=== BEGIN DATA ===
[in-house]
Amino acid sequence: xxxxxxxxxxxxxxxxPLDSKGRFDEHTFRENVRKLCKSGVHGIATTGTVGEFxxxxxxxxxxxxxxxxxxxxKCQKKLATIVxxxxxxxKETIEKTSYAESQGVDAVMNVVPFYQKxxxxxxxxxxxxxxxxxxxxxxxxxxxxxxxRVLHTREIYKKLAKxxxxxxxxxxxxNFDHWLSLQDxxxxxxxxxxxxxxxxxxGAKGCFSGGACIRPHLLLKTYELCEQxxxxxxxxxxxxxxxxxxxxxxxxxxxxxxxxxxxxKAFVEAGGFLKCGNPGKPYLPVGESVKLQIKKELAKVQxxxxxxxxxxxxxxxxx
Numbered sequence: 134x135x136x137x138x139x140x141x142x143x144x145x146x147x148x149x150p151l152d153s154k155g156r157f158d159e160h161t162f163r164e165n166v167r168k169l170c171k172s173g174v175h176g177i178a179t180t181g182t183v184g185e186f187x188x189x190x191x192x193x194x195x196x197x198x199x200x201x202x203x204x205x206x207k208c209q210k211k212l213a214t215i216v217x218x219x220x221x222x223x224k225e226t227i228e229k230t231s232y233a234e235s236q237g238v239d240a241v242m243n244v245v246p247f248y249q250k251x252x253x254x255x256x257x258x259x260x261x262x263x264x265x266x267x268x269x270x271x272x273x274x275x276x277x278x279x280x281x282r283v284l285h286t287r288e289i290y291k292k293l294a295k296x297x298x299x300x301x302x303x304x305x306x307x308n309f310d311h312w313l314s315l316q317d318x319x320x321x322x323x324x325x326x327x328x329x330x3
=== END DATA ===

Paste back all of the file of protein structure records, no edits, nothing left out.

[in-house]
Amino acid sequence: xxxxxxxxxxxxxxxxPLDSKGRFDEHTFRENVRKLCKSGVHGIATTGTVGEFxxxxxxxxxxxxxxxxxxxxKCQKKLATIVxxxxxxxKETIEKTSYAESQGVDAVMNVVPFYQKxxxxxxxxxxxxxxxxxxxxxxxxxxxxxxxRVLHTREIYKKLAKxxxxxxxxxxxxNFDHWLSLQDxxxxxxxxxxxxxxxxxxGAKGCFSGGACIRPHLLLKTYELCEQxxxxxxxxxxxxxxxxxxxxxxxxxxxxxxxxxxxxKAFVEAGGFLKCGNPGKPYLPVGESVKLQIKKELAKVQxxxxxxxxxxxxxxxxx
Numbered sequence: 134x135x136x137x138x139x140x141x142x143x144x145x146x147x148x149x150p151l152d153s154k155g156r157f158d159e160h161t162f163r164e165n166v167r168k169l170c171k172s173g174v175h176g177i178a179t180t181g182t183v184g185e186f187x188x189x190x191x192x193x194x195x196x197x198x199x200x201x202x203x204x205x206x207k208c209q210k211k212l213a214t215i216v217x218x219x220x221x222x223x224k225e226t227i228e229k230t231s232y233a234e235s236q237g238v239d240a241v242m243n244v245v246p247f248y249q250k251x252x253x254x255x256x257x258x259x260x261x262x263x264x265x266x267x268x269x270x271x272x273x274x275x276x277x278x279x280x281x282r283v284l285h286t287r288e289i290y291k292k293l294a295k296x297x298x299x300x301x302x303x304x305x306x307x308n309f310d311h312w313l314s315l316q317d318x319x320x321x322x323x324x325x326x327x328x329x330x3